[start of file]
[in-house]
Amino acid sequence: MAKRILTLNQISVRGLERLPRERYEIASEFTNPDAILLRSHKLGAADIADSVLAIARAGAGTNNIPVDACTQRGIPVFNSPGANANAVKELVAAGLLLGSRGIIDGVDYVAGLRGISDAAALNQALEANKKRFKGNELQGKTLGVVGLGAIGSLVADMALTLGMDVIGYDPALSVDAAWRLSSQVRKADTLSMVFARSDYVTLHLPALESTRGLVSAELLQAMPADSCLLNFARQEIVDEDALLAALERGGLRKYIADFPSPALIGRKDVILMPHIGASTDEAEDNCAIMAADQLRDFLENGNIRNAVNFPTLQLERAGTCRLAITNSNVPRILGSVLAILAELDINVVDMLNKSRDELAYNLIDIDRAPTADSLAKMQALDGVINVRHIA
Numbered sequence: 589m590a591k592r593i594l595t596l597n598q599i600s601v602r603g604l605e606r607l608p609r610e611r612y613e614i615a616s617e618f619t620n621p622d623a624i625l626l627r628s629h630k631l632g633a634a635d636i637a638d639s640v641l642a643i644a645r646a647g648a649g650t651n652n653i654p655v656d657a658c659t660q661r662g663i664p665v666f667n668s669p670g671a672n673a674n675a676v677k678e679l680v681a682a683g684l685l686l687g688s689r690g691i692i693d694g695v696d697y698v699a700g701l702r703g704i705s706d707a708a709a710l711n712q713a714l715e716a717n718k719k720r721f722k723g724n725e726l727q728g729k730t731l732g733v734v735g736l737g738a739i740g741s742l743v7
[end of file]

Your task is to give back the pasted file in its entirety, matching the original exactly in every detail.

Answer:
[in-house]
Amino acid sequence: MAKRILTLNQISVRGLERLPRERYEIASEFTNPDAILLRSHKLGAADIADSVLAIARAGAGTNNIPVDACTQRGIPVFNSPGANANAVKELVAAGLLLGSRGIIDGVDYVAGLRGISDAAALNQALEANKKRFKGNELQGKTLGVVGLGAIGSLVADMALTLGMDVIGYDPALSVDAAWRLSSQVRKADTLSMVFARSDYVTLHLPALESTRGLVSAELLQAMPADSCLLNFARQEIVDEDALLAALERGGLRKYIADFPSPALIGRKDVILMPHIGASTDEAEDNCAIMAADQLRDFLENGNIRNAVNFPTLQLERAGTCRLAITNSNVPRILGSVLAILAELDINVVDMLNKSRDELAYNLIDIDRAPTADSLAKMQALDGVINVRHIA
Numbered sequence: 589m590a591k592r593i594l595t596l597n598q599i600s601v602r603g604l605e606r607l608p609r610e611r612y613e614i615a616s617e618f619t620n621p622d623a624i625l626l627r628s629h630k631l632g633a634a635d636i637a638d639s640v641l642a643i644a645r646a647g648a649g650t651n652n653i654p655v656d657a658c659t660q661r662g663i664p665v666f667n668s669p670g671a672n673a674n675a676v677k678e679l680v681a682a683g684l685l686l687g688s689r690g691i692i693d694g695v696d697y698v699a700g701l702r703g704i705s706d707a708a709a710l711n712q713a714l715e716a717n718k719k720r721f722k723g724n725e726l727q728g729k730t731l732g733v734v735g736l737g738a739i740g741s742l743v7